Exodus vocalist Steve ‘Zetro’ Souza recently appeared in a conversation with Chicago’s WXAV 88.3 FM radio station and reflected his thoughts on the impact of social media on the music industry. He stated that it is hard for the fans to use their phones at Exodus shows.

Exodus released their eleventh studio album, ‘Persona Non Grata’ on November 19, 2021. It was initially scheduled to be released earlier, but they postponed it to November when the band’s drummer Tom Hunting was diagnosed with cancer. Exodus would be touring to support their new album, but they had to postpone their dates due to the pandemic.

In the radio interview, Steve ‘Zetro’ Souza was asked about how the increase in the popularity of social media affects the music industry. He said that there are both positive and negative aspects. For Souza, it gives people more chance to get in touch with their favorite bands. However, it also wipes away some special feelings.

Souza said that now everyone has a phone in their hands, so the memories are forever stuck in the photos or videos, and the mystique surrounding the special moments is gone. However, according to him, this is not the case during Exodus shows.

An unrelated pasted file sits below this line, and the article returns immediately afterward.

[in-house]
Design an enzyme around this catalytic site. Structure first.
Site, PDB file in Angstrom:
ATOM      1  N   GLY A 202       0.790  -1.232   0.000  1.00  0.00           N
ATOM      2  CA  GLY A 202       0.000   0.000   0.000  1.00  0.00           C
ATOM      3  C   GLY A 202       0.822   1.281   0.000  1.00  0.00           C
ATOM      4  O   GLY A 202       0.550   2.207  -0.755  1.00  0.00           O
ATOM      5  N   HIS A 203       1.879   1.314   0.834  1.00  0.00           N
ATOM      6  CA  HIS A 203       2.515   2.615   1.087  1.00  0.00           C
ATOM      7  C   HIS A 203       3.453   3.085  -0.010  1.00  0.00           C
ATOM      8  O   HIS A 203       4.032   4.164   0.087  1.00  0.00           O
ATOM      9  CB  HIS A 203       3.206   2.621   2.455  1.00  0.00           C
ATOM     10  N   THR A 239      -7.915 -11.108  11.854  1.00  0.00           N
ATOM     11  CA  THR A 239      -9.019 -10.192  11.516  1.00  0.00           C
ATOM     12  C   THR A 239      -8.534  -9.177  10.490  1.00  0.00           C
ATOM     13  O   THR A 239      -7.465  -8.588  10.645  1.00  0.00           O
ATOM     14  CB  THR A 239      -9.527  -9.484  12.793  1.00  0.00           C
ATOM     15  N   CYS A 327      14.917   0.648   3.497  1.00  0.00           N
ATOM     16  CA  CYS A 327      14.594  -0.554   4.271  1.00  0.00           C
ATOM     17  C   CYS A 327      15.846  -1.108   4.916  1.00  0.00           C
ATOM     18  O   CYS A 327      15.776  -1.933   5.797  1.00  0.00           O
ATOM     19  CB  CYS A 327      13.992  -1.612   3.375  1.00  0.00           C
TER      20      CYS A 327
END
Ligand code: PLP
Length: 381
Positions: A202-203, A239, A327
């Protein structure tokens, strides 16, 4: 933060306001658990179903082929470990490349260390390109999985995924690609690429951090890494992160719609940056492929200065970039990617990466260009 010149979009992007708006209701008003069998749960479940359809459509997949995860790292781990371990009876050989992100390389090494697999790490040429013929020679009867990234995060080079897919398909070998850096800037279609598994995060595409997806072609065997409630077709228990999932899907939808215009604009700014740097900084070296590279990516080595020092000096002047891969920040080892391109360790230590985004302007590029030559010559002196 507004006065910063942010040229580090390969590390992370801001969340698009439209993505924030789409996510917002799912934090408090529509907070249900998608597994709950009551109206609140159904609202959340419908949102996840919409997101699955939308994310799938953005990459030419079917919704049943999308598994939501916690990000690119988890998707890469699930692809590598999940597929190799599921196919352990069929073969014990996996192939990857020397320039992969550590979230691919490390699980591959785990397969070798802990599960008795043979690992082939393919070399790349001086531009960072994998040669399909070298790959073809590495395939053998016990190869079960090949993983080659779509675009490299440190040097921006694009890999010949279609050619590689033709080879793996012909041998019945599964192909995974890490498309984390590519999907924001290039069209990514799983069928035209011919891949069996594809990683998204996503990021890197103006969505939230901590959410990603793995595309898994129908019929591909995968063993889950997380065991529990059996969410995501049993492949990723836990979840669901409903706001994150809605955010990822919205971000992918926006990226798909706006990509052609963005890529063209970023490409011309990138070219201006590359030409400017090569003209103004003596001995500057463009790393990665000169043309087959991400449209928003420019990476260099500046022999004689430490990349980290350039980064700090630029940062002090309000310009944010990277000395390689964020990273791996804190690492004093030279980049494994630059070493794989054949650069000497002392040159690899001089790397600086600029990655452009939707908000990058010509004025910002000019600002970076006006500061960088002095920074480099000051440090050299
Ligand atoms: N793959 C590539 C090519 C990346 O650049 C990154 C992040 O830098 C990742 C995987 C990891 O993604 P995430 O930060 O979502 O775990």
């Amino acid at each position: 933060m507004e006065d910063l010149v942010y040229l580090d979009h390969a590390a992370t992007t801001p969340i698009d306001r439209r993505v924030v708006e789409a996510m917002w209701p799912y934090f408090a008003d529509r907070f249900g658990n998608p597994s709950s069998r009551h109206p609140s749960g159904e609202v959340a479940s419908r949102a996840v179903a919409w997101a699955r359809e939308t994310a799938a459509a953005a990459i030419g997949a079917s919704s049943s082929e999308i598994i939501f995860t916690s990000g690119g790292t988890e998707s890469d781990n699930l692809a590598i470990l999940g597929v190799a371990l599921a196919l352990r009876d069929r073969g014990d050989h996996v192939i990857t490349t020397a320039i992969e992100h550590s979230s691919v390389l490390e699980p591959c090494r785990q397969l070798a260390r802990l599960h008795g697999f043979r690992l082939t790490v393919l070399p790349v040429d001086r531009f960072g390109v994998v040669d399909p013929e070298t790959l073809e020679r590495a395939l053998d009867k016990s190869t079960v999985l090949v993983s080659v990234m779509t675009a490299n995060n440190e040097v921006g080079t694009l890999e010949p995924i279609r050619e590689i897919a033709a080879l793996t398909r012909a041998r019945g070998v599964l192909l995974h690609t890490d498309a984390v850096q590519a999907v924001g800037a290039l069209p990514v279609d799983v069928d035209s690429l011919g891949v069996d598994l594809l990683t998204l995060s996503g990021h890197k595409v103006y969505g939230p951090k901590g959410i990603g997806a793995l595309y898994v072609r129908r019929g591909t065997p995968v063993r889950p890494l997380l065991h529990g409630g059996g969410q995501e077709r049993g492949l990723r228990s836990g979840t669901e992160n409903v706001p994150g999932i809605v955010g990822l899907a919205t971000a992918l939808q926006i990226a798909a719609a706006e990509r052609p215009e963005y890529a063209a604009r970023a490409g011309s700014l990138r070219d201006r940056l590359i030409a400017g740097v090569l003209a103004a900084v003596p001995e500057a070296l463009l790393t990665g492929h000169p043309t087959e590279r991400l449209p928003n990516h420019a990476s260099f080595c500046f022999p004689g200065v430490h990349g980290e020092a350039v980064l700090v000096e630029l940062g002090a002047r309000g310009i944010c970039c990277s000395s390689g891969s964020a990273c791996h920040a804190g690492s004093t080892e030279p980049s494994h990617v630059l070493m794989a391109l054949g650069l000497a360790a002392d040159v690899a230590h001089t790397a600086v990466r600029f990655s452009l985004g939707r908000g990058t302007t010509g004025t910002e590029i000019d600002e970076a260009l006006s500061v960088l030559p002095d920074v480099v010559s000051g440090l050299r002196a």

Souza explained that people are going crazy during their shows, and they can’t hold their phones due to the high possibility of dropping them. He thinks that it is an advantage for them that the audience can concentrate on the show rather than taking pictures.

Steve Souza’s words on the effects of social media on the music world:

“It made it more accessible for people to get to their favorite bands, definitely. There’s a plus and minus to it. But then again, it took the mystique away from it, I think. But that’s with everything. Before, you were at a concert and you saw, like — I don’t know — Angus walking off of a bus or one of the guys in Aerosmith and he looked over and waved at you, you’d be so pleased because it’s such a rare thing.

Now they’ll film themselves and put it on their own Instagram of them doing shit like that. There’s no validity to it anymore. It’s not special. It’s not, like, ‘Wow. How cool was that? I got to check this out. And this is so cool. And, man, this is an exclusive picture,’ or whatever. Now there’s a camera on everybody’s telephone. So what’s the memory to get with anyone? It’s a photo or a video. So there you go. And it puts it in your hands.

So the mystique is gone. Fans take a picture of themselves with the band behind them, like, ‘Look where I’m at. I’m at this gig.’ It’s, like, ‘Oh my God. Watch the show. Put the phone down.’ But we don’t get a lot of that, because when we go to play, there’s a moshpit, there are people going crazy. And there’s a good chance the phone will get knocked out of your hand. I mean, it happens. In our genre of metal, there are not 40 people in the front holding the camera because they won’t be able to. It kind of works in our favor.”

You can listen to the entire interview below.